A story worth telling

This week has been a beautiful week of Christmas celebration.

We’ve visited with family and friends who we haven’t seen in awhile, consumed abundant amounts of candy-coated confections and well-buttered bread — and certainly, at the end of it all, our wine won’t be the only thing that’s “full-bodied.”

We watched a storm roll in while wearing wrinkled, warm pajamas on Christmas morning — and then spent most of the day without power, opening presents in the soft shadows of natural light that flooded in through my in laws’ livingroom window.

Due to the power outage, the Christmas turkey didn’t have time to cook — but Granddad found one restaurant that was still open on Christmas day. Thanks to Luby’s Cafeteria, we enjoyed delicious, crispy fried chicken along with our sides and salads.

We met with good friends last night and laughed about how our dinner conversations have changed over the years. Topics ranged from having babies to fertility charting to parenthood to aging — and I found myself, for the first time in a long time, relaying Kate’s birth story to a friend who hadn’t heard it before.

“So how did you find out she had Down syndrome?” he asked. I recounted the details.

I blog about Kate having Down syndrome frequently on this blog — and if a blog was the true measure of the entirety of what one focuses on, it would seem that the subject is fairly dominant in our lives. But to be honest (or “tbh” as the teenagers on Facebook say), we don’t think much about it on a daily basis — so it’s always a privilege to share the story. And also, it’s a good perspective-check that to most people it is a big deal.

A super scary deal.

After I told my friend the story of our  journey, he said to me, “I think you had Kate so that you could tell other people about it.” I think I had Kate for a lot of reasons — but his conclusion was simple and beautiful.

Because that’s what we humans do — we tell our stories. And we write these little blogs or give talks or just sit with friends over wine at dinner and we share words that encourage each other.

A friend sent me a link to this beautiful article today with the simple intro, “Thought you’d like this.”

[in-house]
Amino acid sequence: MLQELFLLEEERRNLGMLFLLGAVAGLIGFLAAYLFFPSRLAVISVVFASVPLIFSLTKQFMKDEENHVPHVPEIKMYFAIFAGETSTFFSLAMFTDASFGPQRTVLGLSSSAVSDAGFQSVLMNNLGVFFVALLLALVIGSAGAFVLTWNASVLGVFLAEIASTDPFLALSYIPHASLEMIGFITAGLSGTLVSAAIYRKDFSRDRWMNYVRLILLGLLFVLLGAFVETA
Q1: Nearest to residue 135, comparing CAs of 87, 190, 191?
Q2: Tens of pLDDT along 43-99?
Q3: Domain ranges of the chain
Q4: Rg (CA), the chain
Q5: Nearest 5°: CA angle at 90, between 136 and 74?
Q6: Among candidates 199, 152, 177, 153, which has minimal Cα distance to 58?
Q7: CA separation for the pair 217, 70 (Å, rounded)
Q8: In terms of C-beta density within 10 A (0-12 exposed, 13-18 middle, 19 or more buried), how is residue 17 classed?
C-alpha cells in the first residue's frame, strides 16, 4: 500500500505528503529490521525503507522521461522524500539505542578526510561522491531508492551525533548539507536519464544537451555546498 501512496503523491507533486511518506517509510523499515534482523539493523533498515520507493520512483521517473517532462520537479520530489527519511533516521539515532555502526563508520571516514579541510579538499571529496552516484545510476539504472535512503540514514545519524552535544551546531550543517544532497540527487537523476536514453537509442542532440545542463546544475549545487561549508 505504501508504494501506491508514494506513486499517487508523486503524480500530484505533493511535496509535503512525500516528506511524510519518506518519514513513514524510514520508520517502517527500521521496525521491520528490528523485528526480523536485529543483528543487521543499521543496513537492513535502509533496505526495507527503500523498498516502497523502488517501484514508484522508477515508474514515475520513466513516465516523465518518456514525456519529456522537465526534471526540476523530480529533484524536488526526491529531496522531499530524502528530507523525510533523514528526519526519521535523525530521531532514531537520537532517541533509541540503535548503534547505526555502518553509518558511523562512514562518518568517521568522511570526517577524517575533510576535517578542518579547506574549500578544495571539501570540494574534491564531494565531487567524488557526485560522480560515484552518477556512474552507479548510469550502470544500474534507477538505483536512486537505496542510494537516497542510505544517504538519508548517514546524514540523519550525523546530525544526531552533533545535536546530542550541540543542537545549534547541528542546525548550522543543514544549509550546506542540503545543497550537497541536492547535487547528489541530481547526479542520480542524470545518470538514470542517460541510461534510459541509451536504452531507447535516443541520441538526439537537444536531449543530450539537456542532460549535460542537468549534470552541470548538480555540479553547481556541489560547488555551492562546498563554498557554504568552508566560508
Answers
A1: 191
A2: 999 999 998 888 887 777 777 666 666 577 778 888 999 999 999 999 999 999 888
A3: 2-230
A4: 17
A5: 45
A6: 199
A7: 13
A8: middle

I did like it. And I’m glad the writer shared his story.

Here’s an excerpt where the writer speaks of his two children, both adopted:

Our daughter is beautiful. She was born with a shock of black hair and wonderfully expressive eyes. Her beauty is a lasting tribute to the couple who conceived her, and who chose life for her. Our daughter, like our son, was born with trisomy 21—Down syndrome. Since my daughter’s birth, I’ve thought a lot about the thousands of children aborted each year because they share the genetic defect my children have. Statistics tell a sobering story. Children like mine are being culled from our species. They’re quietly going extinct.

Most families of people with Down syndrome will tell you similar stories. Our children develop differently. They see the world differently. But they have access to same range of human emotions and experiences that the rest of us enjoy. They’re capable of experiencing the joy of a life lived fully. People with Down syndrome, or similar intellectual or developmental disabilities, have the same potential we all have—most importantly, they have the capacity for union with God.

Cultural ignorance of this fact hit home for me just the other day. My daughter has some medical complications, and she’s still living in the hospital. I’ve been staying with her. A few days ago, I stopped in the hospital’s chapel and, before I knew it, I was weeping. I was weeping for the children who’ve been on my mind, the ones who fail genetic tests, and are aborted out of a misguided sense of compassion by a culture that has lost its conscience.

A well-meaning hospital chaplain, with whom I’ve struck up a friendship, sat down beside me and tried to offer me some comfort. He assumed I was weeping for my own children, so he reminded me that today people with Down syndrome go to college, work, and live independently. “Kids like yours,” my new friend said, “can still lead useful and happy lives.”

I didn’t explain to him why I was upset. But I’ve thought a lot about his words of comfort. If I had been struggling in the way that he thought, they wouldn’t have done me much good. We’re in a sad state of affairs if the best argument we can make about human potential is that nearly anyone can spend four years paying for classes.

Christians should have more to offer than the material. Our hope should be in something greater.

Because of Christmas, my children—all children—have a lot more to look forward to than university. Because of Christmas, our hope is that we can share in God’s own life.

Every Christmas Eve, we read the Christmas Story as told by Luke. It is the story of the baby who gives infinite hope for all our babies — it is the ultimate story that makes all of our stories worth telling.


  1. “We’re in a sad state of affairs if the best argument we can make about human potential is that nearly anyone can spend four years paying for classes.” this is so so true. I used to teach children with hearing loss and this is one of the things that was always thrust upon the parents, that their children could still go to college, so much so that when I was telling one mom about her daughter’s natural artistic ability (you couldn’t tell the difference between her work and an adults, but it wasn’t ever just a straight copy, she really is gifted) the mother immediately brushed it aside and switched to talking about college. We’ve spent so much time planning the future for the little ones in our lives that we’ve forgotten they will make their own futures.

    Thank-you for sharing this, and for sharing your sweet Kate.

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